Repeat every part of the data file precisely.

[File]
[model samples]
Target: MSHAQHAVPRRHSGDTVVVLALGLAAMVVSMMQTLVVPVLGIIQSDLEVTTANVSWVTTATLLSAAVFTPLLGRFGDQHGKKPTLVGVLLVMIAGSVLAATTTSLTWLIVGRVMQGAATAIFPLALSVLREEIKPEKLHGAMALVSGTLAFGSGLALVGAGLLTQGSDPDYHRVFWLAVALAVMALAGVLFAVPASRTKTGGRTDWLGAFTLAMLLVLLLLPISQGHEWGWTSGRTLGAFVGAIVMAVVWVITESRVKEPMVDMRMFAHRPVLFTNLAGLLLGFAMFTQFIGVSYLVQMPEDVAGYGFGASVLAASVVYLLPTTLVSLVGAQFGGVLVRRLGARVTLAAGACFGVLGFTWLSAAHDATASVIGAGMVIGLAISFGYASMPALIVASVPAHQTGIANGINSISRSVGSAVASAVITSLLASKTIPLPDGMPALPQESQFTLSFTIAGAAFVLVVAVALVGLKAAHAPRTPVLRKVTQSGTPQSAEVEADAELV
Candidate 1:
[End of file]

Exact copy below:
[model samples]
Target: MSHAQHAVPRRHSGDTVVVLALGLAAMVVSMMQTLVVPVLGIIQSDLEVTTANVSWVTTATLLSAAVFTPLLGRFGDQHGKKPTLVGVLLVMIAGSVLAATTTSLTWLIVGRVMQGAATAIFPLALSVLREEIKPEKLHGAMALVSGTLAFGSGLALVGAGLLTQGSDPDYHRVFWLAVALAVMALAGVLFAVPASRTKTGGRTDWLGAFTLAMLLVLLLLPISQGHEWGWTSGRTLGAFVGAIVMAVVWVITESRVKEPMVDMRMFAHRPVLFTNLAGLLLGFAMFTQFIGVSYLVQMPEDVAGYGFGASVLAASVVYLLPTTLVSLVGAQFGGVLVRRLGARVTLAAGACFGVLGFTWLSAAHDATASVIGAGMVIGLAISFGYASMPALIVASVPAHQTGIANGINSISRSVGSAVASAVITSLLASKTIPLPDGMPALPQESQFTLSFTIAGAAFVLVVAVALVGLKAAHAPRTPVLRKVTQSGTPQSAEVEADAELV
Candidate 1: